Campi Flegrei, a supervolcano lying beneath the Bay of Naples, with an 8-mile wide caldera is showing signs of activity again. Researchers, led by Giovanni Chiodini, from the National Institute of Geophysics and Volcanology in Bologna, Italy, have been monitoring the volcano for some time and noticed signs of activity that could ultimately lead to the eruption.
When Campi Flegrei erupted last time, 40,000 years ago, it was one of the largest known volcanic eruptions of all time, ultimately wiping most of the European Neanderthals. The supervolcano erupted 200,000 years ago, leading to a volcanic winter caused by massive amounts of ash that flew into the atmosphere. Italian government already raised volcano’s threat level from green to yellow (constant scientific monitoring), but scientists still don’t know when exactly the volcano could erupt.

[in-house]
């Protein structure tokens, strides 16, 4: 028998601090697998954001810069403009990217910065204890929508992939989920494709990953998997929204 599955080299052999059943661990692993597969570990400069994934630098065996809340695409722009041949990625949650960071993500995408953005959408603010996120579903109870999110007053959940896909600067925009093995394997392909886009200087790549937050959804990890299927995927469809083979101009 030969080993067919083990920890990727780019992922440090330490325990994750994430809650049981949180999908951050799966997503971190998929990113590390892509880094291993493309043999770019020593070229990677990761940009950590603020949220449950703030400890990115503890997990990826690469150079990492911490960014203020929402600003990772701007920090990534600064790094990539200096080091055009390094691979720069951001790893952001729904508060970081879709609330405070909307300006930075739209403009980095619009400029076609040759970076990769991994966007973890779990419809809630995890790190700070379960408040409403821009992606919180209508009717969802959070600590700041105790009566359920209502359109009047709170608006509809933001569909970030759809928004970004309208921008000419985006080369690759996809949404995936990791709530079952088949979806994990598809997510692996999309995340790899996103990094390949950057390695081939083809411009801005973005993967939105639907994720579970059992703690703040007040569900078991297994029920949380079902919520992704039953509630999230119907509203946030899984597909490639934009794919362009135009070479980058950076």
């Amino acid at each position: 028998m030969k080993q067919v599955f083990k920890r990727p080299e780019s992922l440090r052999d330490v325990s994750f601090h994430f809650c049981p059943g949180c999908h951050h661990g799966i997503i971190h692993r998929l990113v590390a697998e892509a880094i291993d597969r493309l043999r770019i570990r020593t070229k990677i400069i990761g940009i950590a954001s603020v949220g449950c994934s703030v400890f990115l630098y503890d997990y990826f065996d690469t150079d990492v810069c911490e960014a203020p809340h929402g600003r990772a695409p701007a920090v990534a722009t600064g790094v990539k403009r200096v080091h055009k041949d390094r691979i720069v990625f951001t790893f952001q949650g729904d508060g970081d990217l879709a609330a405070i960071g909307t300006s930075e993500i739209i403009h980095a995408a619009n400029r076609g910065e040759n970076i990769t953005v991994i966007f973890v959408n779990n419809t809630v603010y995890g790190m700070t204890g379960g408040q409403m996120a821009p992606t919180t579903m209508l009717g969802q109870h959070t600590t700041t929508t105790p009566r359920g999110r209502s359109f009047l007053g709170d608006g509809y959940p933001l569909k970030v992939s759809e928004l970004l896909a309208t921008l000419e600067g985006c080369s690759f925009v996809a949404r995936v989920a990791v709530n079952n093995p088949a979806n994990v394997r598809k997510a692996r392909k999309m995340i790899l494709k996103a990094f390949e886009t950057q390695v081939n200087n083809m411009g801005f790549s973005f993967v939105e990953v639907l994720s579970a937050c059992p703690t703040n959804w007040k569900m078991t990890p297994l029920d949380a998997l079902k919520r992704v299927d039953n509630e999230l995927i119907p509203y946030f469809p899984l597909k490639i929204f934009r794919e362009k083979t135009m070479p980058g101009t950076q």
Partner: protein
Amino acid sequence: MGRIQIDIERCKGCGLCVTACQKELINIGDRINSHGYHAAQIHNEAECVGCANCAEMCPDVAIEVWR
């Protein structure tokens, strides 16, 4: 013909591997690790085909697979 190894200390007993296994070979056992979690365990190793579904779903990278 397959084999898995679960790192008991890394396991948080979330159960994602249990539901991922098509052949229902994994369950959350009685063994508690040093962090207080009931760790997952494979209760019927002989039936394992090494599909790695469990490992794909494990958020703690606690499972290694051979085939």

Thousands, if not millions, of people, could be endangered, and the eruption could be as catastrophic as the potential eruption of the Yellowstone supervolcano, which could trigger a nuclear winter (during which the sun is blocked by the ash, causing low temperatures, lack of sunlight, and massive starvation because the crops can’t grow without enough sunlight), and could be thousand times as powerful as the eruption of Mount Helen (which happened in 1980) the largest eruption recorded during modern times.
Oden Navon, a volcanologist at the Hebrew University of Jerusalem, stated that the explosion would produce enormous amounts of magma, which could cover most of southern Italy. Also, the eruption could produce enough ash to trigger a global weather change. It could lead to massive climate problems that would last for years. Navon said that “If it does erupt, it certainly could be a very serious matter. It isn’t a volcano, it’s a supervolcano.”